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Why Did You Become an Engineer?

Design News asked participants in the LinkedIn System & Product Design Engineering group why they became engineers.

The best characterization I ever heard of what we all do came from an old boss of mine, who said, "Engineering is not a job. It's a lifestyle." As one gets older, it's a learning experience to discover that this is not necessarily 100 percent for the good. But I digress from this month's question to the System & Product Design Engineering group on LinkedIn. We asked participants why they became engineers.

Most of our respondents used their youthful tinkering as an entrée into the profession.

"I was given a military textbook on basic electricity by my 7th grade teacher," says Robert Seay. "Up to then I had rewired a few defective light fixtures... but I knew nothing about electricity. When I read the book, my eyes were opened. I wanted to investigate everything in the book. An uncle heard of my interest and gave me several broken radios. I immediately dismantled them and discovered how every component was constructed. Then I learned how to take a couple of common 5 tube radios apart and convert them to transmitters."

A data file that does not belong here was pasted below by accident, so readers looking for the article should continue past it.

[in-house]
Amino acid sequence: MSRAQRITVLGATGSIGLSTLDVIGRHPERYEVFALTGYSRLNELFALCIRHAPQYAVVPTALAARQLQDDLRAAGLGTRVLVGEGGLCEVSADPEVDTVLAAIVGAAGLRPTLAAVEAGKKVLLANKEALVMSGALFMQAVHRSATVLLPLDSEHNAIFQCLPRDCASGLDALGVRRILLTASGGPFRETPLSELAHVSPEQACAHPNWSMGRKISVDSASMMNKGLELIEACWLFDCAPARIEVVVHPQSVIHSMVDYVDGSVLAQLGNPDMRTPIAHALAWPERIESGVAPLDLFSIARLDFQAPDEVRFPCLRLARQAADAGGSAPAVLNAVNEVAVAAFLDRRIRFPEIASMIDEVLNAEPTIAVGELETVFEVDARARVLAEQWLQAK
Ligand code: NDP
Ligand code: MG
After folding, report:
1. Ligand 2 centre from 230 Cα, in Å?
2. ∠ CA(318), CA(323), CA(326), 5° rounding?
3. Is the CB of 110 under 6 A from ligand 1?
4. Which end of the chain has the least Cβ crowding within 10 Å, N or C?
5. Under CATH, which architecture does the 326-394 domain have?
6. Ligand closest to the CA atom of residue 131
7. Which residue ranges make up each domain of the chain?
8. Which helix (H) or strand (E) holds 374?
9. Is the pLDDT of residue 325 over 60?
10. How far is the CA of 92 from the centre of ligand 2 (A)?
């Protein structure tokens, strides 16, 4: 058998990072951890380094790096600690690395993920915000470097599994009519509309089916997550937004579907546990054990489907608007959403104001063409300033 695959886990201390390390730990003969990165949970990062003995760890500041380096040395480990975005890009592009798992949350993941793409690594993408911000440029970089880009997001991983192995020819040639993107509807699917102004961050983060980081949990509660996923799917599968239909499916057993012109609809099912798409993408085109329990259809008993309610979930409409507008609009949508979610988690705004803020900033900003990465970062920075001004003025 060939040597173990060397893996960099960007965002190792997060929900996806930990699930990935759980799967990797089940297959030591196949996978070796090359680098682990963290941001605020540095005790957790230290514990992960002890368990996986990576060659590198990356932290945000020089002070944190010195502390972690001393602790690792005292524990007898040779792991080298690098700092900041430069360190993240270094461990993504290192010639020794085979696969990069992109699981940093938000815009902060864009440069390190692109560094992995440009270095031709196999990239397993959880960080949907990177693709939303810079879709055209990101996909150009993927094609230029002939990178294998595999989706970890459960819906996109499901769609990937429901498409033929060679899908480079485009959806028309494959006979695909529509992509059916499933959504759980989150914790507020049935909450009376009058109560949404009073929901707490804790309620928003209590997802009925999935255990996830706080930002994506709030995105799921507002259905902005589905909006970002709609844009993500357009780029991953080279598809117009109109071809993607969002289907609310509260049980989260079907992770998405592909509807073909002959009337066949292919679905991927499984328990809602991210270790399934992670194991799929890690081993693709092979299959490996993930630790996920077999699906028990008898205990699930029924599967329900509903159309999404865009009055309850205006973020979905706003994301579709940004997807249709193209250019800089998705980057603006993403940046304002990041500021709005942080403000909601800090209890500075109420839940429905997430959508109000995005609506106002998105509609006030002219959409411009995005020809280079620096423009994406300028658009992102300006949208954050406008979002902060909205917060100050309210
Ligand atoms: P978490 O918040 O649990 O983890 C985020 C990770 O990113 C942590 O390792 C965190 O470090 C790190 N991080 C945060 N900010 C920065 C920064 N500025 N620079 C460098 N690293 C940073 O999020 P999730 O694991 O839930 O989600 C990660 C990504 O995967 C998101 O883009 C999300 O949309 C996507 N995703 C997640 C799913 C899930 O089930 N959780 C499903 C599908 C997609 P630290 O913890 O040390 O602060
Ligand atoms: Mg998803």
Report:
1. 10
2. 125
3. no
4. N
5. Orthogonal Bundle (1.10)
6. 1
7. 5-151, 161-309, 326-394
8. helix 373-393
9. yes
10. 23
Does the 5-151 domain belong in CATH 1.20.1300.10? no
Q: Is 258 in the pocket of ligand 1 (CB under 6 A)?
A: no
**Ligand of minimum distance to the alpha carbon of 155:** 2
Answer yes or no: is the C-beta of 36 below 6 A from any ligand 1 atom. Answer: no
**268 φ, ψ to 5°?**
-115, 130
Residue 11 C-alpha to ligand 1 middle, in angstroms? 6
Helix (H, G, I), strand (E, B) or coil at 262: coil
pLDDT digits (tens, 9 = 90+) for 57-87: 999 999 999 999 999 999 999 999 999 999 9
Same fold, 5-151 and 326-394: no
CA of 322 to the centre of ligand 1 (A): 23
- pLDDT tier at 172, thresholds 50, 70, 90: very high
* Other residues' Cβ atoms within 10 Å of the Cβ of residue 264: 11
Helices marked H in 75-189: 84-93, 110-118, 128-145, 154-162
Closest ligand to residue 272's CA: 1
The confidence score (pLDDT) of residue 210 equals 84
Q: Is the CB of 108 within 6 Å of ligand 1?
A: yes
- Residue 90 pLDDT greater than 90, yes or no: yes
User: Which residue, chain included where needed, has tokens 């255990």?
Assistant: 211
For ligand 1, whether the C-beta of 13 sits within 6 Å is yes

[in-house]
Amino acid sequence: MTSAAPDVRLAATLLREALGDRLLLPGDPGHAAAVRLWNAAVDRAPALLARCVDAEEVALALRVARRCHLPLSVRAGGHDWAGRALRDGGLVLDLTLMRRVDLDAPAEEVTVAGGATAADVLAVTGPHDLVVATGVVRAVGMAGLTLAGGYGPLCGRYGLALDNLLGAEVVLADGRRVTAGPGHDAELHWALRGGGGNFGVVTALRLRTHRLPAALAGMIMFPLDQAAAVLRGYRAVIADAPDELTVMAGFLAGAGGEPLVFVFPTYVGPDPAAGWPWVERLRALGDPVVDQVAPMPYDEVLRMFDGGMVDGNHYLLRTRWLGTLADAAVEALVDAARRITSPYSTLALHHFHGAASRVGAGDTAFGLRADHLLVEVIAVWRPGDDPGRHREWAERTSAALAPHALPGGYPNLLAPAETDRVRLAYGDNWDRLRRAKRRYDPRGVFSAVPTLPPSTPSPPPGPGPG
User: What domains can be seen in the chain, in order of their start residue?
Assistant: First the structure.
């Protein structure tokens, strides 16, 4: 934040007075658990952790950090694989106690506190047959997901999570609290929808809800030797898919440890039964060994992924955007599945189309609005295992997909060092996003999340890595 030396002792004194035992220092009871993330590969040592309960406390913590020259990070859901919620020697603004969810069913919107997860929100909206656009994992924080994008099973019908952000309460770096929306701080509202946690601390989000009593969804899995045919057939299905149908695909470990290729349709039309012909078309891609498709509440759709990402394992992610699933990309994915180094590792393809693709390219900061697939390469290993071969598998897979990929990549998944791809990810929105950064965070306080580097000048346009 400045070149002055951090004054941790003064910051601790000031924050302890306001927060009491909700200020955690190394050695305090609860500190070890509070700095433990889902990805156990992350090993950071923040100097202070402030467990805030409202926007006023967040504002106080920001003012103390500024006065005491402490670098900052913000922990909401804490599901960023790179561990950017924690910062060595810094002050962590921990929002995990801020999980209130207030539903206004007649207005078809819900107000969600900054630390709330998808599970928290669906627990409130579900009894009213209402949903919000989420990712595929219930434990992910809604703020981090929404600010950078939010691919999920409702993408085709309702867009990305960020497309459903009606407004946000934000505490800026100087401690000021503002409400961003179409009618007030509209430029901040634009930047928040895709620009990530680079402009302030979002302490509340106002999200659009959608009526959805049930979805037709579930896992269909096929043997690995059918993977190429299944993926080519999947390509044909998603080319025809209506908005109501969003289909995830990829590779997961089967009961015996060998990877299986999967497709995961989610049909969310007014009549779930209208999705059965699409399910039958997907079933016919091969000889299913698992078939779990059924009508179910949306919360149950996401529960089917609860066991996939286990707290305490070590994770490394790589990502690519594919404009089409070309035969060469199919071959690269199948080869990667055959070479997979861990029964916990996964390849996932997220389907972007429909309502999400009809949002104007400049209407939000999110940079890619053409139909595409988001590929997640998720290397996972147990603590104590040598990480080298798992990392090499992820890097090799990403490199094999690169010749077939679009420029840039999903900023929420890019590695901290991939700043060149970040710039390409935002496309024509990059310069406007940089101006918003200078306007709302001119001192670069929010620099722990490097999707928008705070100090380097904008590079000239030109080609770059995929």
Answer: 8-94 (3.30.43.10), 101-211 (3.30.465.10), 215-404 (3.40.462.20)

"I still knew almost no theory beyond Ohm's law, but I had a lot of trial and error fun," Seay says. "When I finished high school, there was no doubt about what I was going to study in college. I have enjoyed a career which paid me for having fun. Even though I am retired, it is still fun now."

Rafael Lopez, an electrical design engineer, reports a similar scenario. "When I was 8, the TV set at home broke down, and the repair man came to fix it," he says. "I was so fascinated with what I was looking at, that from that moment I wanted to learn about electricity, and how things worked."

Dirk Brühl, a freelance embedded systems engineer, says that as a kid, he constantly heard people complaining about the hard work they had to do. "So I decided to become an engineer to build machines which do all the hard work so people are able to quit complaining and enjoy life," he says. "When I had my first job as an engineer, I discovered that the hard work is not the problem. The problem is how we deal with each other. If we help each other, the hardest work will be done without any desire to complain."

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